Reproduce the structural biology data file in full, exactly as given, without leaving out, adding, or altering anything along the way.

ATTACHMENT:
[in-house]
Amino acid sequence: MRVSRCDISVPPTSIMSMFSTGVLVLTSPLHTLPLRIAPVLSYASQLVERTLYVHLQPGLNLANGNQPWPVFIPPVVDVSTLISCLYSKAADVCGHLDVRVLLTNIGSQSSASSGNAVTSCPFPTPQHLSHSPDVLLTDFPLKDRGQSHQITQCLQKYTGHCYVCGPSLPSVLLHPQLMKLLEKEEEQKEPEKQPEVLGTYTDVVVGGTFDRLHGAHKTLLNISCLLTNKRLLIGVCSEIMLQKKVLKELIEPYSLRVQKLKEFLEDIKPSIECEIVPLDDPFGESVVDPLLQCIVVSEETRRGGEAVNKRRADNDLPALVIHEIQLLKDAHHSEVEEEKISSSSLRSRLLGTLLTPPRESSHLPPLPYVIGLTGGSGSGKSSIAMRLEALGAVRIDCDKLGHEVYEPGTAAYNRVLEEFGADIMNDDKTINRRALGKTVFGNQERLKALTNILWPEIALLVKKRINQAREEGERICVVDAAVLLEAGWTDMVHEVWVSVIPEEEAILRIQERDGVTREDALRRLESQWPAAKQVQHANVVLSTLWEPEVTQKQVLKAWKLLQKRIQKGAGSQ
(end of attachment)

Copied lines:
[in-house]
Amino acid sequence: MRVSRCDISVPPTSIMSMFSTGVLVLTSPLHTLPLRIAPVLSYASQLVERTLYVHLQPGLNLANGNQPWPVFIPPVVDVSTLISCLYSKAADVCGHLDVRVLLTNIGSQSSASSGNAVTSCPFPTPQHLSHSPDVLLTDFPLKDRGQSHQITQCLQKYTGHCYVCGPSLPSVLLHPQLMKLLEKEEEQKEPEKQPEVLGTYTDVVVGGTFDRLHGAHKTLLNISCLLTNKRLLIGVCSEIMLQKKVLKELIEPYSLRVQKLKEFLEDIKPSIECEIVPLDDPFGESVVDPLLQCIVVSEETRRGGEAVNKRRADNDLPALVIHEIQLLKDAHHSEVEEEKISSSSLRSRLLGTLLTPPRESSHLPPLPYVIGLTGGSGSGKSSIAMRLEALGAVRIDCDKLGHEVYEPGTAAYNRVLEEFGADIMNDDKTINRRALGKTVFGNQERLKALTNILWPEIALLVKKRINQAREEGERICVVDAAVLLEAGWTDMVHEVWVSVIPEEEAILRIQERDGVTREDALRRLESQWPAAKQVQHANVVLSTLWEPEVTQKQVLKAWKLLQKRIQKGAGSQ